One early elementary teacher, who asked not to be identified, looked back on a decades-long year career she says has changed drastically and is coming to an end. Behind her decision to retire are escalating incidents of student behavior that have devastated her health and have pointed to deep, unaddressed problems among many students. She described, for example, an incident in which a frustrated five-year-old smashed her in the jaw with her head.

Questioning Connecticut’s earliest-in-the-nation school start age, coupled with full-day kindergarten and increasingly rigorous early elementary curriculum that leaves little opportunity for student play, socialization, and quiet choice time, the veteran teacher said the young children in her classroom today are chewing through pencils.

“They are anxious. They are chewing their shirts. And parents are distraught that their little ones are ‘failing’ kindergarten.

“There is no fun in our classrooms anymore,” Waterbury second-grade teacher Helen Kaminsky agreed.

“Behaviors are amplified,” said teacher from another district, “and this is the new normal. But it’s not normal. It’s not OK.”

Answering the call

Student aggression, Cardona acknowledged, is a major concern. To resounding applause, he told teachers, “You’re the frontliners when leadership is not working, and you feel the effects of that. We need to do a better job with early childhood education. We are not listening to what the research says about four-, five- or six-year-olds’ learning styles. We should not be shocked when we see kicking and screaming if we’re not programming for what kids need. We need instructional redesign.”

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New Canaan Education Association President Vivian Birdsall describes her district’s protocol for addressing student aggression, the first-ever in the state, with language written into teachers’ contracts.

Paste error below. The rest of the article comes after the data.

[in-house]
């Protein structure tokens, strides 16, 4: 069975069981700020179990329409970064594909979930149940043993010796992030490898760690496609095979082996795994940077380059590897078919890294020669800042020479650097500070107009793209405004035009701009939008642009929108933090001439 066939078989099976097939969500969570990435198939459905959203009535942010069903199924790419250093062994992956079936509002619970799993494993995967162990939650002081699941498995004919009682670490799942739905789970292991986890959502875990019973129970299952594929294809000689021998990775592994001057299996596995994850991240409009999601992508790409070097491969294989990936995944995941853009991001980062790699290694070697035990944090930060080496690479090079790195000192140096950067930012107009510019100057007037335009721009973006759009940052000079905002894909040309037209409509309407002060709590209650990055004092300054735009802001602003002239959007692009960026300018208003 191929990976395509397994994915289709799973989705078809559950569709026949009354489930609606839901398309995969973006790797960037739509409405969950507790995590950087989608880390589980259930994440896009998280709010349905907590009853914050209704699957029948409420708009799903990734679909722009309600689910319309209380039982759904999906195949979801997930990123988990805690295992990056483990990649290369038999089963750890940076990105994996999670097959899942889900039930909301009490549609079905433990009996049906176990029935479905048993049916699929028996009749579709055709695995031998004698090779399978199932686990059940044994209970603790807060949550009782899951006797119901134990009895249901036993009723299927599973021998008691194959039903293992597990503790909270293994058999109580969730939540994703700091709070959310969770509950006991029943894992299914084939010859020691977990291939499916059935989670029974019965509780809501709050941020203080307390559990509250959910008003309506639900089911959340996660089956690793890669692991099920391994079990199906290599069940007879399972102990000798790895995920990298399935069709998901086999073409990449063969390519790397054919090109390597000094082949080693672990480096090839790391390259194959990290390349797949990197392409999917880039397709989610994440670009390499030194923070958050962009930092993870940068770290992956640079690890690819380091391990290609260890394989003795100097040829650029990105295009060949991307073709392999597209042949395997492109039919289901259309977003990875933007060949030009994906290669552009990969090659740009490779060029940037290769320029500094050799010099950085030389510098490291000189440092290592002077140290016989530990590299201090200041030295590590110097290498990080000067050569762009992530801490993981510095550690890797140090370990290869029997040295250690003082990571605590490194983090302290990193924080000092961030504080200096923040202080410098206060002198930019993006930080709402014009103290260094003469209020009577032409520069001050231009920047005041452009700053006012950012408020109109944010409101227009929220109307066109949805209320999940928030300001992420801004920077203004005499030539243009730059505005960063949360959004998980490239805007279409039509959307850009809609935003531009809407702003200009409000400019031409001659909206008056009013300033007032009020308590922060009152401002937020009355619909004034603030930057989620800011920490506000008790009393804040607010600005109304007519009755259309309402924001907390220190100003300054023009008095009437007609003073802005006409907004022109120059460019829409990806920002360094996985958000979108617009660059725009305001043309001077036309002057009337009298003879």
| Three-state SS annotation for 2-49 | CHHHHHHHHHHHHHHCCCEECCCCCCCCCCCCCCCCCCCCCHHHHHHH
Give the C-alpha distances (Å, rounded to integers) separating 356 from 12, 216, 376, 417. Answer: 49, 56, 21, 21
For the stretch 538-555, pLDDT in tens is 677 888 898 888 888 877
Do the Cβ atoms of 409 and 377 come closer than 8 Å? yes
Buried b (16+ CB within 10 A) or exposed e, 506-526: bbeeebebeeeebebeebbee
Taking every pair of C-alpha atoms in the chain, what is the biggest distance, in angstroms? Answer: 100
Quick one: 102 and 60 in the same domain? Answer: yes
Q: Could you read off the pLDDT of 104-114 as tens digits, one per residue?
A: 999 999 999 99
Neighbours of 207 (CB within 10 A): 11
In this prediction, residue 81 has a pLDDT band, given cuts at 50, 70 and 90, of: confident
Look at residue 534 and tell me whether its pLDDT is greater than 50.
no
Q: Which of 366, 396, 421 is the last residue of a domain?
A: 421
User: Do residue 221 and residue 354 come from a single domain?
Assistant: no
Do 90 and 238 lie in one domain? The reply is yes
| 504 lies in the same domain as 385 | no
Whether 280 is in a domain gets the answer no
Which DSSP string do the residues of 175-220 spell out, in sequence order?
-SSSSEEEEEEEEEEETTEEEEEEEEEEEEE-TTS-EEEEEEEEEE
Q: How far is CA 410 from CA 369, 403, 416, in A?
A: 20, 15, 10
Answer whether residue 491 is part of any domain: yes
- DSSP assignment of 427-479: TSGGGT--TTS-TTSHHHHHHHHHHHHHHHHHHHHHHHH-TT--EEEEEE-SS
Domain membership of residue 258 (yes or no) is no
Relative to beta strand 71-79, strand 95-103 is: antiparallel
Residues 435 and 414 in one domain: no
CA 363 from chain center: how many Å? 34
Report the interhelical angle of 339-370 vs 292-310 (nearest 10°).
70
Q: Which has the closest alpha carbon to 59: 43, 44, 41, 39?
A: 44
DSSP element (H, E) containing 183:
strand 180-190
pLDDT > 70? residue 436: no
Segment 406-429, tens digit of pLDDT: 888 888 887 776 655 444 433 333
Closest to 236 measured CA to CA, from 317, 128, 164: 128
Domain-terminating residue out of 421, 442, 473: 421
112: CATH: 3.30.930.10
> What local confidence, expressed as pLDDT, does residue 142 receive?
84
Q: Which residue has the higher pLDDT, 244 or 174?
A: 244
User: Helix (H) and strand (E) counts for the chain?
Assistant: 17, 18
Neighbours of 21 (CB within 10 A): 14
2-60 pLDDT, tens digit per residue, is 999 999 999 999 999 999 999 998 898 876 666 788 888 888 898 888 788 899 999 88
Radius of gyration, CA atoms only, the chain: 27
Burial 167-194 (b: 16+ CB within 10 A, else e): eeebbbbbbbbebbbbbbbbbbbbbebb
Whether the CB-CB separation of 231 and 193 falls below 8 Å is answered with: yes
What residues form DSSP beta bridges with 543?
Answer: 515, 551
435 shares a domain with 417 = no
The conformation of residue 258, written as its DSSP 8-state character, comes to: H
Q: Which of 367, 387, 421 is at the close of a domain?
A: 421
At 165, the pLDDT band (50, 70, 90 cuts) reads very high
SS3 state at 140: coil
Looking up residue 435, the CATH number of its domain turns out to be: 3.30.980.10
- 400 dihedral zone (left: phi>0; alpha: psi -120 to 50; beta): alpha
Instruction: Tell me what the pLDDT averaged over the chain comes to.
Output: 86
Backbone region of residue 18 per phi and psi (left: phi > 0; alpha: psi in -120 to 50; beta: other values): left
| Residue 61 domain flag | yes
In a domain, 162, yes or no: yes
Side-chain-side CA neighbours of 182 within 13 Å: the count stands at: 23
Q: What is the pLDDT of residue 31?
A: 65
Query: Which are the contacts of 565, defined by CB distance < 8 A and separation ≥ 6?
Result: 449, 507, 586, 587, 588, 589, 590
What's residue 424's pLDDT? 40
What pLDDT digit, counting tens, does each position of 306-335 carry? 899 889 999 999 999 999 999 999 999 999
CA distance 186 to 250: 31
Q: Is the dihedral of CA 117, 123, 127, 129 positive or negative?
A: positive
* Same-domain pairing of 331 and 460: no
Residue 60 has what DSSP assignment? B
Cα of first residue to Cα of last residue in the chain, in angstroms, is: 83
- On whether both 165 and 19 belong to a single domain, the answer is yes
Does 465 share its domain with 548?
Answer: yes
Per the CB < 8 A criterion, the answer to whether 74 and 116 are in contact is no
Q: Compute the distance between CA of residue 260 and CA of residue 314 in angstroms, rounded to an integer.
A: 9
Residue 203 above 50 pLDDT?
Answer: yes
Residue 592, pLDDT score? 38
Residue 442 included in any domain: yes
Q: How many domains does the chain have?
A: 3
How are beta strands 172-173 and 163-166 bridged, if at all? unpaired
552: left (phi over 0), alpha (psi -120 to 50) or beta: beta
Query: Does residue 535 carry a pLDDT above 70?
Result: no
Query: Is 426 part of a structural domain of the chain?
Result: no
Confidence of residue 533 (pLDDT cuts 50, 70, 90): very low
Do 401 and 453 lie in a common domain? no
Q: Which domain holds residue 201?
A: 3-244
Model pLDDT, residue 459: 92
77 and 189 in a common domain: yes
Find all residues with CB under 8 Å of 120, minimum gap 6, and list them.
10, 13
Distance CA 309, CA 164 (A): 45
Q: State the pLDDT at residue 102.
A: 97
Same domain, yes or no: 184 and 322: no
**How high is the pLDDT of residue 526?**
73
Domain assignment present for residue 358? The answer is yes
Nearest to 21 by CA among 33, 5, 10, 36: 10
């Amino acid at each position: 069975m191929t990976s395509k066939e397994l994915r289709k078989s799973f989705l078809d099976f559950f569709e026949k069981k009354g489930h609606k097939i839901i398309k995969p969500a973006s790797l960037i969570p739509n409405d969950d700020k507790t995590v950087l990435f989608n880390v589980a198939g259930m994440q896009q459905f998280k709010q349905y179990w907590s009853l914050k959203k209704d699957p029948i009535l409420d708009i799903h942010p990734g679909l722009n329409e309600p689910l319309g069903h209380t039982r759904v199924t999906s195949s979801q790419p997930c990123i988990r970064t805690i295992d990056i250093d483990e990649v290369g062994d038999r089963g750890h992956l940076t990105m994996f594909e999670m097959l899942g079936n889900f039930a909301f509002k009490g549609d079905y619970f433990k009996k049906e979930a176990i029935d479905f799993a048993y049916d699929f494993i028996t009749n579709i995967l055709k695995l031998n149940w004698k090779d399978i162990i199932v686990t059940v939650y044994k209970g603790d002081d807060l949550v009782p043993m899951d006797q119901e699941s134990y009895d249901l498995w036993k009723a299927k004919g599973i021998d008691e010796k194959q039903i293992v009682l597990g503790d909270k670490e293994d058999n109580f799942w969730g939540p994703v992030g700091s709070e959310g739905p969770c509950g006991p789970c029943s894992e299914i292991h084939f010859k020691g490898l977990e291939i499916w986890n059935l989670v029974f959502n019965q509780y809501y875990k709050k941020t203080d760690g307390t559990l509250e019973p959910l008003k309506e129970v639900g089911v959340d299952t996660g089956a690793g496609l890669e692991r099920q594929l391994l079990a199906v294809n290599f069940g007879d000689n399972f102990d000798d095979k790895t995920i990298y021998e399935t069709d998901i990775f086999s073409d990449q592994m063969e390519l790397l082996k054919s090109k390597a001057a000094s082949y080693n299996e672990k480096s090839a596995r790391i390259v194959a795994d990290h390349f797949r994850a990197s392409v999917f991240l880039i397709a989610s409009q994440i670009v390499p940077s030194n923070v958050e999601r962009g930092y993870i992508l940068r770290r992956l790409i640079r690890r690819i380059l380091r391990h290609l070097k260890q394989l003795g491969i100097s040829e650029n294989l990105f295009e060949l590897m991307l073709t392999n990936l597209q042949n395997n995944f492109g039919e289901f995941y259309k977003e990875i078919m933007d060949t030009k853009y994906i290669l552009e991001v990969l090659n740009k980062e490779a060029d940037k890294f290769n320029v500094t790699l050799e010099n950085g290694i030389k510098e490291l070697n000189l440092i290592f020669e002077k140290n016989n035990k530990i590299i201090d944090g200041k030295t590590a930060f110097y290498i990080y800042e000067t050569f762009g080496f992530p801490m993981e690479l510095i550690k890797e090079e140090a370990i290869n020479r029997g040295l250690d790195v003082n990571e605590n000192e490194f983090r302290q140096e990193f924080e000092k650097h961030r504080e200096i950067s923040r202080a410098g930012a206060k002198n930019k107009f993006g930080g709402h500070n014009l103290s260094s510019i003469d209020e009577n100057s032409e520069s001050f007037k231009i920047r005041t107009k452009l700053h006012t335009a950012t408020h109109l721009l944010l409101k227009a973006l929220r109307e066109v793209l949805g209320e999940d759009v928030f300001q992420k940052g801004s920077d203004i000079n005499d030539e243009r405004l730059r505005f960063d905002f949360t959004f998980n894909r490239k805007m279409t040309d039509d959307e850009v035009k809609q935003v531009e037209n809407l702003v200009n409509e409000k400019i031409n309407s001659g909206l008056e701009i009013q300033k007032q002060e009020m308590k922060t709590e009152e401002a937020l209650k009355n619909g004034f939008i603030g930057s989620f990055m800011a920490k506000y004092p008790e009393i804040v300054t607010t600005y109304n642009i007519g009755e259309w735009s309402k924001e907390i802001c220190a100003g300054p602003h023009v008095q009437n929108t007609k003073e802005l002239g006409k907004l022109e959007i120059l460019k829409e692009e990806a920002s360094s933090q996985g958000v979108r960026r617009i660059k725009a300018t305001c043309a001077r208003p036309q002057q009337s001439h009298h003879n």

He also said he is interested in protocol that CEA has helped establish to address student aggression. Such protocol, which has made a dramatic difference in school climate where it’s been implemented, was described by forum participant Vivian Birdsall, president of the New Canaan Education Association. New Canaan was the first district in the state to develop such protocol and incorporate related language into teachers’ contracts.

So many teachers lined up to share their stories with Dr. Cardona that time did not permit all of them to be heard before the forum ended. Recognizing teachers’ need to be heard and his own need to understand what is happening in classrooms, Cardona agreed to personally reach out to those whose remarks he was unable to respond to at the forum. Teachers’ stories were also videotaped—as was the entire Teachers Talk forum—and the video will be available next week to members only at cea.org.

Meanwhile, if you have experiences and ideas related to social-emotional learning, protocols for disruptive students, kindergarten start age, staff ratios for school counselors, school psychologists, and social workers, or other related issues, share your perspectives at cea.org/SELtestimony. CEA will pass your comments along to legislators at a hearing this Monday, March 9.

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At the packed forum, teachers lined up to share their stories, concerns, and ideas for policy change with Commissioner Cardona. Suggestions including everything from reduced testing, increased kindergarten start age, more effective training for school administrators, reasonable ratios of students to school counselors, psychologists, and social workers, and an emphasis on social-emotional learning and trauma-informed instruction—with adequate training.